The economic value of hedge fund managers’ networks was assessed via complementary analyses: one area of focus was regression analysis using industry dummies, where these were defined based on prior managers’ work experience. This allowed the authors to zero in on industry rather than company background using a more distinctly limited set of factors, which enhanced statistical power. Sharpe ratio, alpha and information ratio were used as measures of performance, with performance calculated over the evaluation period and industry dummies defined at the end of the network period.

The research found that hedge fund managers who worked at a pension fund or bank prior to becoming a hedge fund manager delivered superior performance with respect to their peers. For example, alpha was more than doubled if the manager hailed from the pension fund industry. The effect was somewhat similar for former bankers. Interestingly, the only other significant industry effect was former investment managers, where negative effects dominated. This is a phenomenon which has been observed periodically in the hedge funds industry, when larger numbers of portfolio managers and analysts leave larger investment management businesses to set up hedge funds, attracted by the higher levels of fees hedge funds have traditionally charged. Many, however, demonstrate that they are less effective in a more unconstrained environment. This is certainly consistent with anecdotal evidence The Hedge Fund Journal has from allocators.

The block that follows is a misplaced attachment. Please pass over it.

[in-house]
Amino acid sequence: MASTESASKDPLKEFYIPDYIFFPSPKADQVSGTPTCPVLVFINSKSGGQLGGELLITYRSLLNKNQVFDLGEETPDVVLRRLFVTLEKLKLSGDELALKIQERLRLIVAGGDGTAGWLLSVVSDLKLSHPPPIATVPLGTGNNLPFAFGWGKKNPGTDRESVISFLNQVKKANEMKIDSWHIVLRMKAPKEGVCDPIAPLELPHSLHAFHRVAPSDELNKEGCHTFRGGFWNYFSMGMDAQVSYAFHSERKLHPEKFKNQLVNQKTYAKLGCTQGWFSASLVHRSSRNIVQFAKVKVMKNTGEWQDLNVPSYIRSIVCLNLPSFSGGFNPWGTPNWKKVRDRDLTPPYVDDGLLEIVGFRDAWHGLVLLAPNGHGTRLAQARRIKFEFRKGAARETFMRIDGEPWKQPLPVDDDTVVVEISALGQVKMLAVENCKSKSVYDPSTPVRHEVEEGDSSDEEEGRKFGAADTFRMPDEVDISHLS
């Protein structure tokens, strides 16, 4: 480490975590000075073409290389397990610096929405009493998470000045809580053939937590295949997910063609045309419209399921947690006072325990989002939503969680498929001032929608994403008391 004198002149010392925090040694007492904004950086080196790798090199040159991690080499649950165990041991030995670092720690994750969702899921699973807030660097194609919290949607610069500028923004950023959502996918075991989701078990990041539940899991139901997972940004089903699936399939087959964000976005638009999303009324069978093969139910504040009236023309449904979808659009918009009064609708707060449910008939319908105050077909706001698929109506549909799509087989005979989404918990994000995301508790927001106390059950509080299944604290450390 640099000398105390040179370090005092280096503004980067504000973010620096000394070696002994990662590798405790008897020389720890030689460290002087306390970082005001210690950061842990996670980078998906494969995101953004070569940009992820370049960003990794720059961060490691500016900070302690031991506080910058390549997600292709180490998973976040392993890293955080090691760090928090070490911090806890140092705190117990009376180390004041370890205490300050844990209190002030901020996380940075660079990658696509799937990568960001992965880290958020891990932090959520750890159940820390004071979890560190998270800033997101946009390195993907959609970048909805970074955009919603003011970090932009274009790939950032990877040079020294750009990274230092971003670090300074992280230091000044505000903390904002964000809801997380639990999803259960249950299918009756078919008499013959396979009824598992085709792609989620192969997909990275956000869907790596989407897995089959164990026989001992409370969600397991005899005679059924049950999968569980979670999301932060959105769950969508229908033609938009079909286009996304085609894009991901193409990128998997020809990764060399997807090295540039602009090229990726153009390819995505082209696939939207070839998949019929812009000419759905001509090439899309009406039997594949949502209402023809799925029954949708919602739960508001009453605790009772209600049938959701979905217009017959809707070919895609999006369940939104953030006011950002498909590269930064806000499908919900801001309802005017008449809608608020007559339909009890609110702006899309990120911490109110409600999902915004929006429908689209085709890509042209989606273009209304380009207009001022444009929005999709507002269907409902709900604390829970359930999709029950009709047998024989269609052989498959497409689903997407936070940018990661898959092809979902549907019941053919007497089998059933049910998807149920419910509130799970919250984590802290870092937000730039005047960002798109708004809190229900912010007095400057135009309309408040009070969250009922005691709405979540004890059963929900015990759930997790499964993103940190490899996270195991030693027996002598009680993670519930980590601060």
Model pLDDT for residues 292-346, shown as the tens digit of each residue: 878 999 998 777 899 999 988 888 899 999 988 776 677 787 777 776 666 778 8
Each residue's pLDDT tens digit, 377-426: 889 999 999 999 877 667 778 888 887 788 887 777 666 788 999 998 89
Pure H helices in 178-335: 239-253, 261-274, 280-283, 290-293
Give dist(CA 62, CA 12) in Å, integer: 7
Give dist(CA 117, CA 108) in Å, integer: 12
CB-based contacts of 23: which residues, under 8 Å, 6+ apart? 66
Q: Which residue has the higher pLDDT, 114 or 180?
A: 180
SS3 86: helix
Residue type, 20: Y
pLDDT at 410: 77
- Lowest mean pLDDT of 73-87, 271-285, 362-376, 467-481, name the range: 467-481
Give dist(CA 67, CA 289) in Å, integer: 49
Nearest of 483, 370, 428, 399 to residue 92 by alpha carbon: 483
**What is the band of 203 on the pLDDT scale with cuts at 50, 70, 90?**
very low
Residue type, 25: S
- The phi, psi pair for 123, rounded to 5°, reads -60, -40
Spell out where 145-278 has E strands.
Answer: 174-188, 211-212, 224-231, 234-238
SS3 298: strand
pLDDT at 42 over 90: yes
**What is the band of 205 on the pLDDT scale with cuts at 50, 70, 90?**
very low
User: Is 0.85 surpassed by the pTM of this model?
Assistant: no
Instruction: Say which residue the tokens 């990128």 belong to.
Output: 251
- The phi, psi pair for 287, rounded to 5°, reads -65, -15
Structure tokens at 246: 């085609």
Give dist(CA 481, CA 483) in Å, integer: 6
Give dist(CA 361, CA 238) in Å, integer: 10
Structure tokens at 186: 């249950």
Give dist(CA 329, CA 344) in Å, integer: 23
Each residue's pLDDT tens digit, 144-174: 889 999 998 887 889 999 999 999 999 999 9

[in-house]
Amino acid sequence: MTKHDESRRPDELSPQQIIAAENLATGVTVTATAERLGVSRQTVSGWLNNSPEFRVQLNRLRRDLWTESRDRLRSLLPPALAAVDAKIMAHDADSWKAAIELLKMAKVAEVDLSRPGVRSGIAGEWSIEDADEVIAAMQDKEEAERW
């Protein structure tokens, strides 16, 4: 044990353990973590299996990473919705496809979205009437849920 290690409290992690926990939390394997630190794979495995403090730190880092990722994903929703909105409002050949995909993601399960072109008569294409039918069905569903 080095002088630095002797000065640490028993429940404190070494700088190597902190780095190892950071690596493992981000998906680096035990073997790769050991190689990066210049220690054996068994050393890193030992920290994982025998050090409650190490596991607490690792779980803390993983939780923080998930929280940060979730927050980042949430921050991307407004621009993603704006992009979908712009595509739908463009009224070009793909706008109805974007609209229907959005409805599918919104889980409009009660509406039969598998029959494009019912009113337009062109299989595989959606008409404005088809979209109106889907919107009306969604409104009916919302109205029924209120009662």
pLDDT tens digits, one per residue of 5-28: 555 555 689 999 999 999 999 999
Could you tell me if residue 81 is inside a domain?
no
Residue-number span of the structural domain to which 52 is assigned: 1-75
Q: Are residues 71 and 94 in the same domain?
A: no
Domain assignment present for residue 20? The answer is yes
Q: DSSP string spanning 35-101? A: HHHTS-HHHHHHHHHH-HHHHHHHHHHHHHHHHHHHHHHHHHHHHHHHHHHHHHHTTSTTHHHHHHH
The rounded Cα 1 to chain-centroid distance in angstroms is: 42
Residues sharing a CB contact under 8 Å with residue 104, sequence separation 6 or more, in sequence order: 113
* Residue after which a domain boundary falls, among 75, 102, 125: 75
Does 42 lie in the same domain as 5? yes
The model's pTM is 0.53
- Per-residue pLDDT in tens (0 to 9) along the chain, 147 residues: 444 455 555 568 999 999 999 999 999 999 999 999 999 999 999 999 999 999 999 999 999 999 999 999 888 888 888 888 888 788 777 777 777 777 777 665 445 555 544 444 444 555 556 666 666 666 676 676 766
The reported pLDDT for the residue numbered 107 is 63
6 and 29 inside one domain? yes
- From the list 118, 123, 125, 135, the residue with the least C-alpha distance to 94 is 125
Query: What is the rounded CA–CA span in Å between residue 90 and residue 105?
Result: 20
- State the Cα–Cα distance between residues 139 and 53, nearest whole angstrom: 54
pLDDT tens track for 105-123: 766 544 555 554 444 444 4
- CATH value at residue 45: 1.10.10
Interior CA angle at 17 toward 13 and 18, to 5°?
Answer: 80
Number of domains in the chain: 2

Crucially, the authors allow for hiring climate in their results: with higher levels of recruitment in the finance industry – i.e. overall net number of new hires – the average skill of managers declines. Lower hiring numbers mean only the most skilled managers can find jobs, but this also affects performance.

The paper notes that the social networks of managers who previously worked in banking have contributed heavily towards performance and skills acquired.

The authors argue that the components of the UK hedge fund industry are densely linked through social ties, which are found to be important determinants of proximities in any two hedge fund pairs. In particular, managers who may have worked in the same industry, and for the same employer in the past, may demonstrate how this contributes to risk exposures and alpha. Social connections measured by an overlap in prior employment experience will only explain the differences in the idiosyncratic component of returns. The paper claims these connections play a much greater role for funds that invest in styles that are particularly sensitive to the exchange of relevant information, such as event driven or merger arbitrage funds. However, this area of research must also touch on the more contentious issue of the degree to which IP within systematic approaches can filter out from a firm as employees move to new funds. Although the research does not focus on this element per se, further work may provide interesting analysis on this topic.

Competing channels
Can we conclude that social connections are ultimately responsible for similarities in hedge funds’ performance? The paper addresses several competing channels. For example, managers may self-select, and find themselves working for the same employer because of similar preferences and risk profiles, or there may be other network-related conduits like access to local information that are responsible for similarities in trades. Adding managers’ personal characteristics or controlling for geography does not, however, dissipate the effect of prior employment connections.